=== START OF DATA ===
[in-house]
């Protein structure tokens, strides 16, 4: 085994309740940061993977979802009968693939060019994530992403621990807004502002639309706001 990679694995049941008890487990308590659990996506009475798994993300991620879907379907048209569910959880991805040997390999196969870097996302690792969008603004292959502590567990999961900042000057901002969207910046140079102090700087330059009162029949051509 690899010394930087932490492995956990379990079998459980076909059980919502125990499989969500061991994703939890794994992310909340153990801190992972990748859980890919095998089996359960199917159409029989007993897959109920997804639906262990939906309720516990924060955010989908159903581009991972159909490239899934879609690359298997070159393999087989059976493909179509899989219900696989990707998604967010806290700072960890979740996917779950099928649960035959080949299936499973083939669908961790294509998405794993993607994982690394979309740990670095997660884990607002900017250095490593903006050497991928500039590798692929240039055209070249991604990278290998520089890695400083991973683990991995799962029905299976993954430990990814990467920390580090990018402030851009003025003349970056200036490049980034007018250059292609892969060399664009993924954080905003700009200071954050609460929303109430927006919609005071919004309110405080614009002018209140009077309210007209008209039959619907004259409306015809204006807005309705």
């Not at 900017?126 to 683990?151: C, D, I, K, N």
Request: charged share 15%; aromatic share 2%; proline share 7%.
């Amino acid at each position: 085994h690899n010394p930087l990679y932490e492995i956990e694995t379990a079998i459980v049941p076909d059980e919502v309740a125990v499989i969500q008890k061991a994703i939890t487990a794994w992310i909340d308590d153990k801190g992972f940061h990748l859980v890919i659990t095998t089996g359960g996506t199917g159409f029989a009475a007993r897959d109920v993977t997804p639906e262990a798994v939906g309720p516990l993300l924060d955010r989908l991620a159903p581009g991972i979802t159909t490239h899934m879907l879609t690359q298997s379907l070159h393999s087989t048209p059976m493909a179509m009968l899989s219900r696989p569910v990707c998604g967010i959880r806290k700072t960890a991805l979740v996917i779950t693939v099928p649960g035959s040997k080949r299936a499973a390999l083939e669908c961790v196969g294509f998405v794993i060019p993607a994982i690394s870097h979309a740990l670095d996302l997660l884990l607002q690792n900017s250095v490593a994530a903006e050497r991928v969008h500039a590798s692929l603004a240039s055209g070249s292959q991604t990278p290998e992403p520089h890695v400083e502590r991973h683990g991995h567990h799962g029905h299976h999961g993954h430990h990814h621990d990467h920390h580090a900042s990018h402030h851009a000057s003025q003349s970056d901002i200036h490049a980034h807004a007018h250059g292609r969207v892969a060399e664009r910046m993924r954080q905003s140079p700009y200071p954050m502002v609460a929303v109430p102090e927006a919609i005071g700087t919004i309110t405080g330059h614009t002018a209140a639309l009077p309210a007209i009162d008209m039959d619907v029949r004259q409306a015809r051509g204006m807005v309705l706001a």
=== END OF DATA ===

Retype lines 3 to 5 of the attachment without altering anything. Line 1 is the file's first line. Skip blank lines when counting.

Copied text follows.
């Not at 900017?126 to 683990?151: C, D, I, K, N």
Request: charged share 15%; aromatic share 2%; proline share 7%.
């Amino acid at each position: 085994h690899n010394p930087l990679y932490e492995i956990e694995t379990a079998i459980v049941p076909d059980e919502v309740a125990v499989i969500q008890k061991a994703i939890t487990a794994w992310i909340d308590d153990k801190g992972f940061h990748l859980v890919i659990t095998t089996g359960g996506t199917g159409f029989a009475a007993r897959d109920v993977t997804p639906e262990a798994v939906g309720p516990l993300l924060d955010r989908l991620a159903p581009g991972i979802t159909t490239h899934m879907l879609t690359q298997s379907l070159h393999s087989t048209p059976m493909a179509m009968l899989s219900r696989p569910v990707c998604g967010i959880r806290k700072t960890a991805l979740v996917i779950t693939v099928p649960g035959s040997k080949r299936a499973a390999l083939e669908c961790v196969g294509f998405v794993i060019p993607a994982i690394s870097h979309a740990l670095d996302l997660l884990l607002q690792n900017s250095v490593a994530a903006e050497r991928v969008h500039a590798s692929l603004a240039s055209g070249s292959q991604t990278p290998e992403p520089h890695v400083e502590r991973h683990g991995h567990h799962g029905h299976h999961g993954h430990h990814h621990d990467h920390h580090a900042s990018h402030h851009a000057s003025q003349s970056d901002i200036h490049a980034h807004a007018h250059g292609r969207v892969a060399e664009r910046m993924r954080q905003s140079p700009y200071p954050m502002v609460a929303v109430p102090e927006a919609i005071g700087t919004i309110t405080g330059h614009t002018a209140a639309l009077p309210a007209i009162d008209m039959d619907v029949r004259q409306a015809r051509g204006m807005v309705l706001a």